Send to

Choose Destination
Int J Radiat Oncol Biol Phys. 2007 May 1;68(1):126-35.

Positron emission tomography-guided, focal-dose escalation using intensity-modulated radiotherapy for head and neck cancer.

Author information

Department of Radiotherapy, Ghent University Hospital, Ghent, Belgium.



To assess the feasibility of intensity-modulated radiotherapy (IMRT) using positron emission tomography (PET)-guided dose escalation, and to determine the maximum tolerated dose in head and neck cancer.


A Phase I clinical trial was designed to escalate the dose limited to the [(18)-F]fluoro-2-deoxy-D-glucose positron emission tomography ((18)F-FDG-PET)-delineated subvolume within the gross tumor volume. Positron emission tomography scanning was performed in the treatment position. Intensity-modulated radiotherapy with an upfront simultaneously integrated boost was employed. Two dose levels were planned: 25 Gy (level I) and 30 Gy (level II), delivered in 10 fractions. Standard IMRT was applied for the remaining 22 fractions of 2.16 Gy.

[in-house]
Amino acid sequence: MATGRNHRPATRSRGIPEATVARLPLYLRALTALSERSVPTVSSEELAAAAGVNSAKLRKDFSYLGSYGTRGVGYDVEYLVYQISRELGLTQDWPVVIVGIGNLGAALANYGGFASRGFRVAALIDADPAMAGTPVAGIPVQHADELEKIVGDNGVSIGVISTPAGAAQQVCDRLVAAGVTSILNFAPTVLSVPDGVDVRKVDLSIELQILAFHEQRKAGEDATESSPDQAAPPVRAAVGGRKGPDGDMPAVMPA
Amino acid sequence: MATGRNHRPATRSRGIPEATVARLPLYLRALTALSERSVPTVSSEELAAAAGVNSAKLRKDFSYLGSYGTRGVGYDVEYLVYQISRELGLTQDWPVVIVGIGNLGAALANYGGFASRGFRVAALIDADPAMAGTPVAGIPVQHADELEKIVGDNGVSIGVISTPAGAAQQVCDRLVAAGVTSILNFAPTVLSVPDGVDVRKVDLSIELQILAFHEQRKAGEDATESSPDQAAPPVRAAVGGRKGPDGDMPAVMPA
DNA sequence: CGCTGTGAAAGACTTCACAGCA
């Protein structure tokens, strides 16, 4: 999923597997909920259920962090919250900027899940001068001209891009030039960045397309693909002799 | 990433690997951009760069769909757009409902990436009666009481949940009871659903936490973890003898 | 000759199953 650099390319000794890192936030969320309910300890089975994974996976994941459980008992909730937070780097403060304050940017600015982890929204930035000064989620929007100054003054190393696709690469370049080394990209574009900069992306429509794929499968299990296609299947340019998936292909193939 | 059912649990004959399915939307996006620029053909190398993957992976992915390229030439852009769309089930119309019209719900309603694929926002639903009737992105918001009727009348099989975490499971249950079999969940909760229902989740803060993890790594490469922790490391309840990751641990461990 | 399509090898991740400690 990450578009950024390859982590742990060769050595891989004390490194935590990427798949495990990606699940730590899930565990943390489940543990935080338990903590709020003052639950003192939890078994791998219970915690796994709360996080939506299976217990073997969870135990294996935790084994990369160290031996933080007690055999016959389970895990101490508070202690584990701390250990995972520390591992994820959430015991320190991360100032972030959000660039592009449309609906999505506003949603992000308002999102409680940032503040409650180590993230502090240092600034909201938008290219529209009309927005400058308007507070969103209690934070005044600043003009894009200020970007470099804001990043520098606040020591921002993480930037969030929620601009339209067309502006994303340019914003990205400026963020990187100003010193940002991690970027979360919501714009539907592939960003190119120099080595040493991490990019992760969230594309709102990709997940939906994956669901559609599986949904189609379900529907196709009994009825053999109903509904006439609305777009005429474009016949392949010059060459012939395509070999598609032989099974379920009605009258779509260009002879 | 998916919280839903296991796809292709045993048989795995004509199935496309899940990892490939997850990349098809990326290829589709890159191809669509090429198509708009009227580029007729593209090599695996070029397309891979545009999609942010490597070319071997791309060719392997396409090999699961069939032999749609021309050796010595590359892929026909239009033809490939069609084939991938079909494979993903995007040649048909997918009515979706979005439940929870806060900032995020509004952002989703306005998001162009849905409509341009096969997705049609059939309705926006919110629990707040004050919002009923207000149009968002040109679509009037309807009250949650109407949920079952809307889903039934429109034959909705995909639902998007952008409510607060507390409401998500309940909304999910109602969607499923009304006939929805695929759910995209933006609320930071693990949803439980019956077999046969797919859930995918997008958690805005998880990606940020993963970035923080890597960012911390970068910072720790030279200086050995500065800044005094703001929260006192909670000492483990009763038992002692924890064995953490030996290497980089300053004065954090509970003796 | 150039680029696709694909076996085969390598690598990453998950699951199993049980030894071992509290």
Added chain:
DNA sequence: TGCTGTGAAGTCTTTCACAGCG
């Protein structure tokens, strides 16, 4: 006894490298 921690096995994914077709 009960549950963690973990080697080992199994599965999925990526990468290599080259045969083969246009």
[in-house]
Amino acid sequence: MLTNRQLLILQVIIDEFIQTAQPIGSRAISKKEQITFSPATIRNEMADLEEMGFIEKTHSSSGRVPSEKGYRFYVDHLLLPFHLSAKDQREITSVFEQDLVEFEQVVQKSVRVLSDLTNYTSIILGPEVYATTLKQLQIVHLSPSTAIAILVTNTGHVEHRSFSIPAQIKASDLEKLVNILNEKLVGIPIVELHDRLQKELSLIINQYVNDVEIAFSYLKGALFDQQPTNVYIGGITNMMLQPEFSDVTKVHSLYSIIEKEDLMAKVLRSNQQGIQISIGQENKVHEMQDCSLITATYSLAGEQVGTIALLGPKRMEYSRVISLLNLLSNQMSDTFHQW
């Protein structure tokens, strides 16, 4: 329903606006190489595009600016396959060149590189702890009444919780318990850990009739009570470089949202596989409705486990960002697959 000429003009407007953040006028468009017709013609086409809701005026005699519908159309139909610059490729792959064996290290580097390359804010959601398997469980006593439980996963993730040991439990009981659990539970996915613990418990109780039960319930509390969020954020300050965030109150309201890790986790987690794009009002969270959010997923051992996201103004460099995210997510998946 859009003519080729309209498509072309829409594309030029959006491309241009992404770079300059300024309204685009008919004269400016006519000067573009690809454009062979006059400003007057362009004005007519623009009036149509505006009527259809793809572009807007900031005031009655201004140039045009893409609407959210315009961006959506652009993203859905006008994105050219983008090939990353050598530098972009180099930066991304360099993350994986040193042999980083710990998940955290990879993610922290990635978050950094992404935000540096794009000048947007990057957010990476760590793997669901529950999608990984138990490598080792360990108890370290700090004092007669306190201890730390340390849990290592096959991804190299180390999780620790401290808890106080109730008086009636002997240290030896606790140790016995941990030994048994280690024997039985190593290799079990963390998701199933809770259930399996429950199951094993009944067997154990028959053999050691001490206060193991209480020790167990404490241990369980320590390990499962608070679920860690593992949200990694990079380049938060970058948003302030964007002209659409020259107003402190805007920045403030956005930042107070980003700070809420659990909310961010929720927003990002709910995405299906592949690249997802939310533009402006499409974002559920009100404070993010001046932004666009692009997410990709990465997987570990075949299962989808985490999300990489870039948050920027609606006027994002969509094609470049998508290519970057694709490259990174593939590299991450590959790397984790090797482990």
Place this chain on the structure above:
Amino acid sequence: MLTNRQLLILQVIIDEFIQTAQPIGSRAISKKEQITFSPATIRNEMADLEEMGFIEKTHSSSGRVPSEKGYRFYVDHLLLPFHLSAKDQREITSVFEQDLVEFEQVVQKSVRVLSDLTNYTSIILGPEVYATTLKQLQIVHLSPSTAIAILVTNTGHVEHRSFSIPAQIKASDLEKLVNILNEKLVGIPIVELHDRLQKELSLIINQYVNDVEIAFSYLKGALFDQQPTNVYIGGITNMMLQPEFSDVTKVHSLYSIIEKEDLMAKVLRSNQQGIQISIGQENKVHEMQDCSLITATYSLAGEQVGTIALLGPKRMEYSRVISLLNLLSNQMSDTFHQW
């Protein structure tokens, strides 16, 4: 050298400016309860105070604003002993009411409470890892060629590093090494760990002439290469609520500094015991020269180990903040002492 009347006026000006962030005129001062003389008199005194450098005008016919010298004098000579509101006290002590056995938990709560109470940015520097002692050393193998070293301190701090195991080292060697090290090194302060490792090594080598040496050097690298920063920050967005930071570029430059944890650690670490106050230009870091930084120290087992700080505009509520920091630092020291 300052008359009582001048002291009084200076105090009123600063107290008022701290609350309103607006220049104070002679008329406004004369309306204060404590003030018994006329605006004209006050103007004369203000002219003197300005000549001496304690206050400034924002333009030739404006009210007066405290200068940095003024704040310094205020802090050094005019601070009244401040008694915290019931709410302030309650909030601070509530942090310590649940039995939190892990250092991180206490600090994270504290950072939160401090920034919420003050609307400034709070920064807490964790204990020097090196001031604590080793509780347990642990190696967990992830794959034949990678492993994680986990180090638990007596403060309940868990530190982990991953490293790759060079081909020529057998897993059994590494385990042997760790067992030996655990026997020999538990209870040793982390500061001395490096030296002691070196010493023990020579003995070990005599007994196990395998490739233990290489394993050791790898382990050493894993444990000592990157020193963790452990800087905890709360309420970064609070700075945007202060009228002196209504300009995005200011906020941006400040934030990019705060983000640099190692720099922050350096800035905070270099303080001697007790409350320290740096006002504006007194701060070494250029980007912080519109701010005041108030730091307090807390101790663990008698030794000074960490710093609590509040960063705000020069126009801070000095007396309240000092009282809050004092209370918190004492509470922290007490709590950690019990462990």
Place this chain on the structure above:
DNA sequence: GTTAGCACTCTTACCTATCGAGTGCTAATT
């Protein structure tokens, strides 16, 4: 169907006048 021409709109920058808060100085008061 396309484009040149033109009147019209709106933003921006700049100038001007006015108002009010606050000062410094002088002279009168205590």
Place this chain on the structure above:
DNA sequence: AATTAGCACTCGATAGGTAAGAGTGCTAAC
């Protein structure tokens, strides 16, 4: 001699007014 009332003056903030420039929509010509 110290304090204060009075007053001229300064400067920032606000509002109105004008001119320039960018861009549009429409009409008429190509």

Between 2003 and 2005, 41 patients were enrolled, with 23 at dose level I, and 18 at dose level II; 39 patients completed the planned therapy. The median follow-up for surviving patients was 14 months. Two cases of dose-limiting toxicity occurred at dose level I (Grade 4 dermitis and Grade 4 dysphagia). One treatment-related death at dose level II halted the study. Complete response was observed in 18 of 21 (86%) and 13 of 16 (81%) evaluated patients at dose levels I and II (p < 0.7), respectively, with actuarial 1-year local control at 85% and 87% (p = n.s.), and 1-year overall survival at 82% and 54% (p = 0.06), at dose levels I and II, respectively. In 4 of 9 patients, the site of relapse was in the boosted (18)F-FDG-PET-delineated region.


For head and neck cancer, PET-guided dose escalation appears to be well-tolerated. The maximum tolerated dose was not reached at the investigated dose levels.

[Indexed for MEDLINE]

Supplemental Content

Full text links

Icon for Elsevier Science
Loading ...
Support Center